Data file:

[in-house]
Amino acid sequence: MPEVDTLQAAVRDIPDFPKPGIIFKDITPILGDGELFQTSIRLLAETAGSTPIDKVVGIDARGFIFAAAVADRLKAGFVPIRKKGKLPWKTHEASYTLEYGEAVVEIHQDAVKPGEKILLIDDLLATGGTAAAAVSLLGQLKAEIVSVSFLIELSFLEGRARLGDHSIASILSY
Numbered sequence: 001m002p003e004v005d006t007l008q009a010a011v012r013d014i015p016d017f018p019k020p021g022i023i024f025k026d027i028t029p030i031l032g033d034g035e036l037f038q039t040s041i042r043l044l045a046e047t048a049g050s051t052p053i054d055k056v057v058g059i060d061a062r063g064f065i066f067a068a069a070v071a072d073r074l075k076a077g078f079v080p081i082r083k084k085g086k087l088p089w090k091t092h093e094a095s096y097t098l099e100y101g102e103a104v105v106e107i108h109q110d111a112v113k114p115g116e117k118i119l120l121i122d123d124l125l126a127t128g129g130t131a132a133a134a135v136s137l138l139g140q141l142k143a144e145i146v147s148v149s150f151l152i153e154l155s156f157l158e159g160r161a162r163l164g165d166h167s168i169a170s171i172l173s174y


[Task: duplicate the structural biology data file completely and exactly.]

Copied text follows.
[in-house]
Amino acid sequence: MPEVDTLQAAVRDIPDFPKPGIIFKDITPILGDGELFQTSIRLLAETAGSTPIDKVVGIDARGFIFAAAVADRLKAGFVPIRKKGKLPWKTHEASYTLEYGEAVVEIHQDAVKPGEKILLIDDLLATGGTAAAAVSLLGQLKAEIVSVSFLIELSFLEGRARLGDHSIASILSY
Numbered sequence: 001m002p003e004v005d006t007l008q009a010a011v012r013d014i015p016d017f018p019k020p021g022i023i024f025k026d027i028t029p030i031l032g033d034g035e036l037f038q039t040s041i042r043l044l045a046e047t048a049g050s051t052p053i054d055k056v057v058g059i060d061a062r063g064f065i066f067a068a069a070v071a072d073r074l075k076a077g078f079v080p081i082r083k084k085g086k087l088p089w090k091t092h093e094a095s096y097t098l099e100y101g102e103a104v105v106e107i108h109q110d111a112v113k114p115g116e117k118i119l120l121i122d123d124l125l126a127t128g129g130t131a132a133a134a135v136s137l138l139g140q141l142k143a144e145i146v147s148v149s150f151l152i153e154l155s156f157l158e159g160r161a162r163l164g165d166h167s168i169a170s171i172l173s174y